Contrast the sad example above with one told by C.H. Spurgeon of a wife who emulated the love of Christ. Spurgeon comments:A husband who was a very loose, depraved, man of the world, had a wife who for many years bore with his ridicule and unkindness, praying for him day and night, though no change came over him, except that he grew even more bold in sin. One night, being at a drunken feast with a number of his boon companions, he boasted that his wife would do anything he wished, she was as submissive as a lamb.
“Now,” he said, “she has gone to bed hours ago; but if I take you all to my house at once she will get up and entertain you and make no complaint.” “Not she,” they said, and the matter ended in a bet, and away they went.
It was in the small hours of the night, but in a few minutes she was up, and remarked that she was glad that she had two chickens ready, and if they would wait a little she would soon have a supper spread for them. They waited, and before long, at that late hour, the table was spread, and she took her place at it as if it was quite an ordinary matter, acting the part of hostess with cheerfulness.
One of the company, touched in his better feelings, exclaimed, “Madam, we ought to apologize to you for intruding upon you in this way, and at such an hour, but I am at a loss to understand how it is you receive us so cheerfully, for being a religious person you cannot approve of our conduct.” Her reply was, “I and my husband were both formerly unconverted, but, by the grace of God, I am now a believer in the Lord Jesus. I have daily prayed for my husband, and I have done all I can to bring him to a better mind, but as I see no charge in him, I fear he will be lost for ever; and I have made up my mind to make him as happy as I can while he is here.”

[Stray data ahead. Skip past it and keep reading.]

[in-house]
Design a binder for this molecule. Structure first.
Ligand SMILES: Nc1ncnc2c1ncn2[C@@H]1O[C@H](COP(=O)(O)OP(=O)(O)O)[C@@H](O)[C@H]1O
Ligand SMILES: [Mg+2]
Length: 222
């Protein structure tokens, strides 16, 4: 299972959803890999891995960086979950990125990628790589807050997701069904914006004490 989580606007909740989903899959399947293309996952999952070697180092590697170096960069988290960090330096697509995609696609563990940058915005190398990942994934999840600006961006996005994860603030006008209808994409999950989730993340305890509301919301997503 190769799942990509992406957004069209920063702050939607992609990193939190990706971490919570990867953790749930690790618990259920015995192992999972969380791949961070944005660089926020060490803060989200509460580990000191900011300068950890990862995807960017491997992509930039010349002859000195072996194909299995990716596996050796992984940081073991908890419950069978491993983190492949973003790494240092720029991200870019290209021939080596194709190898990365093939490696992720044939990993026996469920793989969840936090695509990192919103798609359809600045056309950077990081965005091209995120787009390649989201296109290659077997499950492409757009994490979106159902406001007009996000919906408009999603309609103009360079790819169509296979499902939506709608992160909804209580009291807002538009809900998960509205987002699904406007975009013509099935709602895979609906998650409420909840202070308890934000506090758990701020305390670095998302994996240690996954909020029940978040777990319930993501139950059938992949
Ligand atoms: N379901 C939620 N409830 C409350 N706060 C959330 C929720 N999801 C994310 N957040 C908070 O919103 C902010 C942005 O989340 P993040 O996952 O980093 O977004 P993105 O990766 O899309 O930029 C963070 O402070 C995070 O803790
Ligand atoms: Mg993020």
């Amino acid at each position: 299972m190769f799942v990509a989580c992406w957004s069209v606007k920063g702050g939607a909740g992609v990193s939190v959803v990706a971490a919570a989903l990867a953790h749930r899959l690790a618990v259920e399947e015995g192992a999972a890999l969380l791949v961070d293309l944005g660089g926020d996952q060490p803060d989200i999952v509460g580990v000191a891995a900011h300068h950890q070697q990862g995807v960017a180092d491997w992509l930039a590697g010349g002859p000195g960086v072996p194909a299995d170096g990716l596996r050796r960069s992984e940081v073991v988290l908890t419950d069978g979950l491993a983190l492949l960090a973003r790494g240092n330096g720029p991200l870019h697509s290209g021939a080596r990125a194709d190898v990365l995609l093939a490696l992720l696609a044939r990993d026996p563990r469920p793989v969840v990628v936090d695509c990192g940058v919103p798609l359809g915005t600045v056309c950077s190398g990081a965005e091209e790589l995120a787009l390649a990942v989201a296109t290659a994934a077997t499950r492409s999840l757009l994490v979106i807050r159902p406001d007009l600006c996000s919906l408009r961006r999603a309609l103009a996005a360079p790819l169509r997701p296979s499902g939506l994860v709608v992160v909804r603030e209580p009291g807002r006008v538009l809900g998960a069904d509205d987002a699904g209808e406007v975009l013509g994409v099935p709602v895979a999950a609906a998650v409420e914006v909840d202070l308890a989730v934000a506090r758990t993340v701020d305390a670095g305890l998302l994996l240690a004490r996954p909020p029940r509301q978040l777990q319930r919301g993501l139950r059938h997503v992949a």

They went away, and her husband said, “Do you really think I shall be unhappy for ever?” “I fear so,” said she, “I would to God you would repent and seek forgiveness.” That night patience accomplished her desire. He was soon found with her on the way to heaven.
Spurgeon then drove home the point: “Yield on no point of principle, but in everything else be willing to bear reproach, and to be despised and mocked at for Christ’s sake.” If we cannot at something so simple as a meal show compassion and generosity to those who serve us, how can we tell others we love Christ who came not to be serve but to serve?
If across our great land servers began to see believers consistently go into restaurants with an heart of service, asking service how we can pray for them, showing kindness to them, tipping better than the minimum, and growing in relationships with the servers in our community, we might see many come to Christ. I have seen a few, and my students have seen many more. Next week, during Valentine’s season, our Young Pros ministry small groups will be loving on servers in our community, giving them things like Krispy Kreme doughnuts for break times and a lot of ink pens (servers have to provide their own), among other things. What might you do in your community to show the love of Christ to those who serve?
[Spurgeon story comes from http://www.spurgeon.org/sermons/1188.htm]